Observing life Catching the bus in Abu Dhabi is not as easy as it sounds.
The bus stops here
On Monday, I was ready to take a brand new (and, for the rest of the year, free) Abu Dhabi city bus to work. I had taken special care brushing my teeth that morning, in hopes of avoiding that sickening feeling that arises whenever morning breath and intense heat mix. I had slipped a copy of a favourite magazine (bus-stop reading) in the outer pocket of my work bag. I had tracked down and printed off a route map, and was clutching it like a treasure map. I walked outside, felt the last traces of my cold shower boil off my skin, walked proudly past my car and kept walking until I hit Muroor Road to catch the number 54.
Before moving to Abu Dhabi, I lived in New York, and I rode buses all the time. From just a few feet off the ground, everything looked and felt different. I often spotted tiny stores, restaurants and stands that I had walked passed dozens of times without noticing. But there was more to it than that. Just as there is something casually magical about being able to drag yourself around step by step - each step a tiny affirmation of the human will - it can be calming to let the world pass by like so much film footage. If it gets really interesting, you can always hop off.
Obviously, I'm a romantic bus enthusiast. But bus-waiting man cannot live by romantic enthusiasm alone. After 45 minutes of sweaty waiting, during which I waved several confused taxis away and failed to complete many simple mental calculations (four routes ... 125 buses ... I'm tired), I was ready to trade all the buses in New York for a cold drink. In desperation, I limped to the nearby Adnoc and bought the first water I saw and a serious-looking energy bar that promised to infuse me with power. I had to get back to that stop.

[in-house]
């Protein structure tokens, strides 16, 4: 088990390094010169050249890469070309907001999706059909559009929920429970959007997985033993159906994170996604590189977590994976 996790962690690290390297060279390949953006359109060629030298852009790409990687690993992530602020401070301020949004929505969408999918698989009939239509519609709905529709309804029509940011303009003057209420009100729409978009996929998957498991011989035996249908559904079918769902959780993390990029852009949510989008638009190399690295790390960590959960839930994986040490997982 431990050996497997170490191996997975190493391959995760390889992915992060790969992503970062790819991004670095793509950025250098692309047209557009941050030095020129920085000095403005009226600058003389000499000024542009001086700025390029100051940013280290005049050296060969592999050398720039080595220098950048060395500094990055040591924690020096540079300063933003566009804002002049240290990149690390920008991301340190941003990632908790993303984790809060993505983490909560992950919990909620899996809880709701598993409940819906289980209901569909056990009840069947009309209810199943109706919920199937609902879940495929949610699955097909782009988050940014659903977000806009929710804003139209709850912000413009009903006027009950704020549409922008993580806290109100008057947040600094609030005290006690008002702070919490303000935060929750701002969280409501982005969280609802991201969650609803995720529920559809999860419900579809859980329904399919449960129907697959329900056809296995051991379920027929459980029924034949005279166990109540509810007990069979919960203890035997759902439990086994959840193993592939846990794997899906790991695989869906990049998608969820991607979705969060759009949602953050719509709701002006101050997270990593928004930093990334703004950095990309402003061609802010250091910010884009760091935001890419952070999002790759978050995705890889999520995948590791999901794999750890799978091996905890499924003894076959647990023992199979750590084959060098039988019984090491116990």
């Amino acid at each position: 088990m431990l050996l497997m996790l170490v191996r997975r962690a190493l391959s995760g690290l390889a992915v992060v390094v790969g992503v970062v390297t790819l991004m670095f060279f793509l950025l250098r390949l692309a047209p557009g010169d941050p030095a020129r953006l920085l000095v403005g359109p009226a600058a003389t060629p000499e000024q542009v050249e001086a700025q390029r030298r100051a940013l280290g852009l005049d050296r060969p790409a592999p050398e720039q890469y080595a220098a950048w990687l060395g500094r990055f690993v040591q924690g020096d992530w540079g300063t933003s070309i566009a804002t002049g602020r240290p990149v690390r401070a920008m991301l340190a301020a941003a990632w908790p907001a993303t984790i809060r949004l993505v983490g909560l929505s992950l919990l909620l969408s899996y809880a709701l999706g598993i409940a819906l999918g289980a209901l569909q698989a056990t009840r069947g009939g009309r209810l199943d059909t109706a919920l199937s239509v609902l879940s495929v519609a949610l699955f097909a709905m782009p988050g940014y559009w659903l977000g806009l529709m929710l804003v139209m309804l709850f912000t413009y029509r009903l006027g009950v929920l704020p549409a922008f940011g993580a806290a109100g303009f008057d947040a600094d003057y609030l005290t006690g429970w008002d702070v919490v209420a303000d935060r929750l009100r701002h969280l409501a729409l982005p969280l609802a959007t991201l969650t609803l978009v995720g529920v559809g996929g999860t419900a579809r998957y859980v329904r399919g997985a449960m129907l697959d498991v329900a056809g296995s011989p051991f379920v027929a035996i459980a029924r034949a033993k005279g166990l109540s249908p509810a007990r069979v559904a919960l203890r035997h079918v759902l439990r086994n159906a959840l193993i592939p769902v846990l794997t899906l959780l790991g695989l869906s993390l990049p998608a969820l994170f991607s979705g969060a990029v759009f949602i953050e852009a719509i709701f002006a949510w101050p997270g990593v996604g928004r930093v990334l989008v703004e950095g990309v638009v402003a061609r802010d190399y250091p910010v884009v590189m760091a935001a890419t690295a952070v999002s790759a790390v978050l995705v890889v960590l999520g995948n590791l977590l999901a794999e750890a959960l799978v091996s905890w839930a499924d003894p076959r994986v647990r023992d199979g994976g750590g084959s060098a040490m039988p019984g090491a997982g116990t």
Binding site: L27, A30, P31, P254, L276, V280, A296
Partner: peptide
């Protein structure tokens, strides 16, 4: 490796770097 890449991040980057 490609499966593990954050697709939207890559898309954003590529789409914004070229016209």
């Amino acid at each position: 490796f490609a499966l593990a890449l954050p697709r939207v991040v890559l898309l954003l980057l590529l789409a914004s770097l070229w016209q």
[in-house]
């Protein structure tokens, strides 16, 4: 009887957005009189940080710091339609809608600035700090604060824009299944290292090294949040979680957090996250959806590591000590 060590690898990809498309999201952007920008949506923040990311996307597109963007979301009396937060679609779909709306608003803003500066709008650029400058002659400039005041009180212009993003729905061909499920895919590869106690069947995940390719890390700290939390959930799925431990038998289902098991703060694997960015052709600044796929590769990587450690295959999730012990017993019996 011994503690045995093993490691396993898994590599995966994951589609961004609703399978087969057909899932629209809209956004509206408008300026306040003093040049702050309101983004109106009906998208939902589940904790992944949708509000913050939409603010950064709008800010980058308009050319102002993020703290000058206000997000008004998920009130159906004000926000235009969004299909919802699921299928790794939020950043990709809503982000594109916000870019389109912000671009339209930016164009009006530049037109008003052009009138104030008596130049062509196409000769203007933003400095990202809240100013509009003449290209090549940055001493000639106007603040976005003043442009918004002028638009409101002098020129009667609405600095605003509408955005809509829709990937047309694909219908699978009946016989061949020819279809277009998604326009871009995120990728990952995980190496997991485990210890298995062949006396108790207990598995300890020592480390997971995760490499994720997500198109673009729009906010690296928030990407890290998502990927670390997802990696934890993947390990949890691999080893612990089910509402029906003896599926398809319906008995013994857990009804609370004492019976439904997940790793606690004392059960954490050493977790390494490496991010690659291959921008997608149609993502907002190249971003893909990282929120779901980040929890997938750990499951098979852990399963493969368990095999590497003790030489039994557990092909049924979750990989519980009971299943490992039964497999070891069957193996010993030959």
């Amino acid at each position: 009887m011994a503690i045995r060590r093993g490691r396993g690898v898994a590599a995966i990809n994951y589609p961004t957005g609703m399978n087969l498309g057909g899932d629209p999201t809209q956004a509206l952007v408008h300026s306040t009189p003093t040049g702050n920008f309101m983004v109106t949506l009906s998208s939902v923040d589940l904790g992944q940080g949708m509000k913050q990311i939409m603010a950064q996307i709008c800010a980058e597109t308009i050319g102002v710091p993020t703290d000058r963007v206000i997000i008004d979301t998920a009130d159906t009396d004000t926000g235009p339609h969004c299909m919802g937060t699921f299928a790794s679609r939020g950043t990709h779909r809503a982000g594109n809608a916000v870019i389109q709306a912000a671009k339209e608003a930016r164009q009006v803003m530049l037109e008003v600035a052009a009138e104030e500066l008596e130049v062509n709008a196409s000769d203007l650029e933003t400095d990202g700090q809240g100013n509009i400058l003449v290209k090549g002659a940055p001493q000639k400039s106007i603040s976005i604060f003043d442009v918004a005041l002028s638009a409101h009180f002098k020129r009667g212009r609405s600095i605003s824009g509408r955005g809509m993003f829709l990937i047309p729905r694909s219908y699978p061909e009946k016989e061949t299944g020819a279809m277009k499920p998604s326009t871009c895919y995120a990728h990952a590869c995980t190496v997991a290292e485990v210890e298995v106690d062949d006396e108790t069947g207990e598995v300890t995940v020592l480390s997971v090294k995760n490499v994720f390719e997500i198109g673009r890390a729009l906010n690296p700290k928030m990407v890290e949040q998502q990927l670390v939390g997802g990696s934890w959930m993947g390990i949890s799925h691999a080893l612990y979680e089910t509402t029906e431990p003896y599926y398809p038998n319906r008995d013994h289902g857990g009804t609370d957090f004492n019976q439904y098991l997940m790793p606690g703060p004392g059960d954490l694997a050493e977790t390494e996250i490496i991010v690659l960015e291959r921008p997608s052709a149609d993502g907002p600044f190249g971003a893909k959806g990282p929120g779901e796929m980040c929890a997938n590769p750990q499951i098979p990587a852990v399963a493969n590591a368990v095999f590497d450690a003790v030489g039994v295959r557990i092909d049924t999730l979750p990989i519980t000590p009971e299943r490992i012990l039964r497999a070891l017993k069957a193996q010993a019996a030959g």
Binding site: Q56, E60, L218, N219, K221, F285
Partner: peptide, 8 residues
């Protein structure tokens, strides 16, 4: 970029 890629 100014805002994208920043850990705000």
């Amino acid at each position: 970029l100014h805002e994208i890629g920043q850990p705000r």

"Have you seen any buses come?" I asked the cashier, who had a clear view of the road. "Only one," he replied. My heart sank. "How long have you been here?" "Two hours. I hear it's free now, but I don't see any. I took a taxi." I took a sad swig of Masafi and a bite of my energy bar. Trudging back outside, I saw a bus (a 54!) pulling out of the stop. Had I not stopped to talk with the cashier, I would have caught it. I asked my legs to run, and they rudely declined. Through the tears in my eyes, the bus looked like a beautiful teal whale with windows. Inside, four men lounged blissfully in air conditioning. I headed to my car.